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Plantar Fasciitis Randomized Clinical Control Trial

2017-07-28 12:08:22 | BioPortfolio

Summary

The primary aim of this clinical experiment is to compare, in terms of pain relief measured using the 10-cm visual analog scale (VAS) pain score (5-7), the clinical results of ultrasound-guided injection (USGI) versus anatomic topography-guided injection (ATGI) of corticosteroid for the treatment of proximal PF. Secondary aims will be to compare foot-related quality of life, as measured using the Foot Function Index (FFI)and the Bristol Foot Score (BFS), between the injection groups, and also to compare the pre-injection to late-term post-injection thickness of the plantar fascia as measured in the nested USGI group.

Description

Clinically, proximal PF causes plantar heel pain, which may extend into the proximal portion of the plantar longitudinal arch. Typically, the pain is most notable upon initial weight bearing ambulation (post-static dyskinesia, PSD), such as the first step in the morning or following a period of non-weight bearing or rest. This can be attributed to walking on hard surfaces or barefoot, prolonged weight bearing activity, inadequate stretching and use of poor footwear, as well as increased amounts of walking. Standard treatment of PF includes the use of foot orthotics, both pre-fabricated and custom molded, physical therapy and myotendinous stretching, splinting or strapping the foot, nonsteroidal anti-inflammatory drugs, ice, and corticosteroid injections. Ultrasonography (US) can be useful for examining the plantar fascia, which typically measures between 2 mm to 4 mm in thickness, and findings indicative of PF include diffuse hypoechogenicity at the calcaneal attachment of the plantar fascia, loss of definition between the plantar fascia and the surrounding soft tissues, peri-insertion edema, and thickness over 4.5 mm. Local infiltration of corticosteroids has been used to treat PF since the 1950s. Despite this being a well established treatment, there are still unexamined features of this form of intervention, including the method of injection, type of steroid used, concurrent use of localanesthetic agents, concurrent use of orthoses and/or supportive arch strapping, concurrent physical therapy, and the use of ultrasonographic guidance of the corticosteroid injection. The primary aim of this clinical experiment is to compare, in terms of pain relief measured using the 10-cm visual analog scale (VAS) pain score (5-7), the clinical results of ultrasound-guided injection (USGI) versus anatomic topography-guided injection (ATGI) of corticosteroid for the treatment of proximal PF. Secondary aims will be to compare foot-related quality of life, as measured using the Foot Function Index (FFI)and the Bristol Foot Score (BFS), between the injection groups, and also to compare the pre-injection to late-term post-injection thickness of the plantar fascia as measured in the nested USGI group.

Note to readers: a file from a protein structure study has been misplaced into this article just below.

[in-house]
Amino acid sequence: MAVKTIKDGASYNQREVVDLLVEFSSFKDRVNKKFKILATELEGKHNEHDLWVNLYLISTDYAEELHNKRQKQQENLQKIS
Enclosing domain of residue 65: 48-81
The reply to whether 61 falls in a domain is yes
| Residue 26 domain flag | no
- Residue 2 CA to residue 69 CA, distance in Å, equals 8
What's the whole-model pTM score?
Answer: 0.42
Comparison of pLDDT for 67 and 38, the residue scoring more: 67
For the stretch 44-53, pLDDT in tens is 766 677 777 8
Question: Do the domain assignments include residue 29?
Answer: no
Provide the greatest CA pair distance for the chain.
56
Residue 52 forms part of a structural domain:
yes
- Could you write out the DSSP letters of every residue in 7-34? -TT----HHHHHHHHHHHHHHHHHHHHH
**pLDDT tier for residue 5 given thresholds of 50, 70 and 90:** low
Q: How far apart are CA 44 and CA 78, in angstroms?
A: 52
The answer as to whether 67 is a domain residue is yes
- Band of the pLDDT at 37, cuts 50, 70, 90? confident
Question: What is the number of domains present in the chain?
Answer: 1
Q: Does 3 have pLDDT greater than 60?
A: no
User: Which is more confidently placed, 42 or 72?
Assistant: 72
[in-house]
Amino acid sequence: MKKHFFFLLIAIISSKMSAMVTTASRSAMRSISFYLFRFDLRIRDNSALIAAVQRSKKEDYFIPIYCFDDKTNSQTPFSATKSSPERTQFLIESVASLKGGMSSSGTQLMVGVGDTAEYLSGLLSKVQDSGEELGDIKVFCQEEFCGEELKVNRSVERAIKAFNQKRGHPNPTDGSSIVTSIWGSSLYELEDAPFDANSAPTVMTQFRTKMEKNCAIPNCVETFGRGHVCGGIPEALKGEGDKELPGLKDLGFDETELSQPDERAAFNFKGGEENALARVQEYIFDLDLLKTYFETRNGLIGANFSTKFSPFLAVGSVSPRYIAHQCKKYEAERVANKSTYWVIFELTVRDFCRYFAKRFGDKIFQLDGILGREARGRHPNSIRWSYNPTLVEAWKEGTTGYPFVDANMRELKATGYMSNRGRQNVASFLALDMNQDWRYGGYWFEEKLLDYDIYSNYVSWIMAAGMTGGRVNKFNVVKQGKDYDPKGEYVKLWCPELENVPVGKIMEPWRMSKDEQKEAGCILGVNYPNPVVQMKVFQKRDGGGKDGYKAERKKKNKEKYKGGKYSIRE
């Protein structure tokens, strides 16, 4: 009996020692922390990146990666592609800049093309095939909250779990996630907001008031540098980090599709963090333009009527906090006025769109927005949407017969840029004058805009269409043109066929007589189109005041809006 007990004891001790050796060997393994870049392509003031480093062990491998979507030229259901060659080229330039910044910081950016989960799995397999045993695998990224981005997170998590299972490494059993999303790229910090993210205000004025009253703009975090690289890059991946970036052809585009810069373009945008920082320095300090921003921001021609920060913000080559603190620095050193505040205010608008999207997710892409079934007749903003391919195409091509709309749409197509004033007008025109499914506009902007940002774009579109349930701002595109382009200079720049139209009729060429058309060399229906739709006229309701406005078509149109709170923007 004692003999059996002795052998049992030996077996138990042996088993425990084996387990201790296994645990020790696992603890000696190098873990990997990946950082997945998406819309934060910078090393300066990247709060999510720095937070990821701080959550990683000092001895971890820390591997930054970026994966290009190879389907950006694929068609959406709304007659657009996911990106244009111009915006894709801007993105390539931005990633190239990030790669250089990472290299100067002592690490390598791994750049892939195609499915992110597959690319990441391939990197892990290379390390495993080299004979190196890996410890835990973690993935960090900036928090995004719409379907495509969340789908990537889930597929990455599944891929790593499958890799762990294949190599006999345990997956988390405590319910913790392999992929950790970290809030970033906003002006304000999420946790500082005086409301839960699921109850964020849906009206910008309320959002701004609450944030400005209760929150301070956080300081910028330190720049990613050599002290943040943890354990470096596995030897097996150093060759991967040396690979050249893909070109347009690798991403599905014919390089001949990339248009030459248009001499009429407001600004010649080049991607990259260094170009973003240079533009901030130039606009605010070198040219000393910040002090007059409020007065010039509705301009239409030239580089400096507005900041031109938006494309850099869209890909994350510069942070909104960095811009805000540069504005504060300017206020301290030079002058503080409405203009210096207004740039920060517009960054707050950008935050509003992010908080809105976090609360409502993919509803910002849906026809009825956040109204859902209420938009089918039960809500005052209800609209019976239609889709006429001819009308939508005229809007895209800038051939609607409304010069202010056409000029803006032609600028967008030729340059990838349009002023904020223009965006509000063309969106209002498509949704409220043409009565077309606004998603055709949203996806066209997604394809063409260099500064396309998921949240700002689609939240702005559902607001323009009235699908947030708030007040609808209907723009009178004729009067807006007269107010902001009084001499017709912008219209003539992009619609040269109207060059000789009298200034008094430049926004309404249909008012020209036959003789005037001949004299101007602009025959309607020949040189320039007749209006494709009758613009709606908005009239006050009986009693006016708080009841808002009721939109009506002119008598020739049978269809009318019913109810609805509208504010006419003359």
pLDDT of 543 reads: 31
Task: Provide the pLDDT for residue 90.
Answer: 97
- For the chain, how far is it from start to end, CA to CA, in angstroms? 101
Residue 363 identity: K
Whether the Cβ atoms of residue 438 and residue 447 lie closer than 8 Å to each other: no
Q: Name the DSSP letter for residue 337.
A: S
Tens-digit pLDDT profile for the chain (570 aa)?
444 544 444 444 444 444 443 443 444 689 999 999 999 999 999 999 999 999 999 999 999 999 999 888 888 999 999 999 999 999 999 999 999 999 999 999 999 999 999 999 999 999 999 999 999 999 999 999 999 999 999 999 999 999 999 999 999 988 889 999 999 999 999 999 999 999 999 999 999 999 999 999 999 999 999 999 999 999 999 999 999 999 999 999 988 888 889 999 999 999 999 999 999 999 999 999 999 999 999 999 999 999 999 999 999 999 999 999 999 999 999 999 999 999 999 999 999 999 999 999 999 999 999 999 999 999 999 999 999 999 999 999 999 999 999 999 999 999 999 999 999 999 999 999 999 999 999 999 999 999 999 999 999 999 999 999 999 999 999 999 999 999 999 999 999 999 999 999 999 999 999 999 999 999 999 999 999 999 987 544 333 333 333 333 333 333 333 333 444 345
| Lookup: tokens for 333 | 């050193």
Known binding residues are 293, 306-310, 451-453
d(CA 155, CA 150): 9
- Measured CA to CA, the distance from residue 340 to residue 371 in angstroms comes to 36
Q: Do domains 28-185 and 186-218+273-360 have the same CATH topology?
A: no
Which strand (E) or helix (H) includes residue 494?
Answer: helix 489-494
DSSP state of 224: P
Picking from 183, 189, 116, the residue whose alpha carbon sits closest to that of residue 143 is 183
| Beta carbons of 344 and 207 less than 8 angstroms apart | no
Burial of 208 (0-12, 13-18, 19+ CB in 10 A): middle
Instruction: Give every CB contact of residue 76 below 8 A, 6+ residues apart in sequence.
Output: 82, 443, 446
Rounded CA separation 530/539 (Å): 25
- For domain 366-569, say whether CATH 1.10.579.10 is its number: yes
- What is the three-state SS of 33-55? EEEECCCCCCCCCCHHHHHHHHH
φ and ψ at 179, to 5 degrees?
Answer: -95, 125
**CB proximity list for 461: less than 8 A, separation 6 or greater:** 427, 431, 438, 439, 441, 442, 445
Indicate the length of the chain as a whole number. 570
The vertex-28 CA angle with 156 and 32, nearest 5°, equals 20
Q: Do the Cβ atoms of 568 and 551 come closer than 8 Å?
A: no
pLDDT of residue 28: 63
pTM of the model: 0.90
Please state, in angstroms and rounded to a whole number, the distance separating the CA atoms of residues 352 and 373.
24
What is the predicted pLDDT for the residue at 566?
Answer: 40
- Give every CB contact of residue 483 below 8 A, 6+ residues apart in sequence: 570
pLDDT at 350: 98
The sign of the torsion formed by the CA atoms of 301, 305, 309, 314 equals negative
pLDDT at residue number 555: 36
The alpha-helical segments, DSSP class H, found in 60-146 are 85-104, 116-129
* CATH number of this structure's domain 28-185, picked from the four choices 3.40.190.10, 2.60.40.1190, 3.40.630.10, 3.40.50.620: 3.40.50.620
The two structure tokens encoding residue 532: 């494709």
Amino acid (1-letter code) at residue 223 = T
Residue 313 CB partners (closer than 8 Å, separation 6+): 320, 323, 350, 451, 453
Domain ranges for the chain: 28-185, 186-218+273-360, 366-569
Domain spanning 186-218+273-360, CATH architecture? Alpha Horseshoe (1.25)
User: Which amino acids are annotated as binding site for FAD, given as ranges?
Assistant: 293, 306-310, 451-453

Study Design

Conditions

Plantar Fascitis

Intervention

Local Steroid Injection into the plantar heel, Ultrasound Guided Injection, Anatomical Guided injection

Location

Penn Presbyterian Medical Center
Philadelphia
Pennsylvania
United States
19104

Status

Recruiting

Source

University of Pennsylvania

Results (where available)

View Results

Links

Published on BioPortfolio: 2017-07-28T12:08:22-0400

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Medical and Biotech [MESH] Definitions

Inflammation of the thick tissue on the bottom of the foot (plantar fascia) causing HEEL pain. The plantar fascia (also called plantar aponeurosis) are bands of fibrous tissue extending from the calcaneal tuberosity to the TOES. The etiology of plantar fasciitis remains controversial but is likely to involve a biomechanical imbalance. Though often presenting along with HEEL SPUR, they do not appear to be causally related.

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The collecting of fetal blood samples via ultrasound-guided needle aspiration of the blood in the umbilical vein.

Adverse reactions that occur initially at the site of injection or infusion. Milder type is confined to a local allergic flare reaction. A more severe reaction is caused by extravasation of VESICANTS from the blood vessel at the site of injection and can cause damage to the surrounding tissue. In tumor flare reaction symptoms involve well beyond the injection site such as an increase in the tumor size and tumor markers levels, bone pain, and HYPERCALCEMIA.

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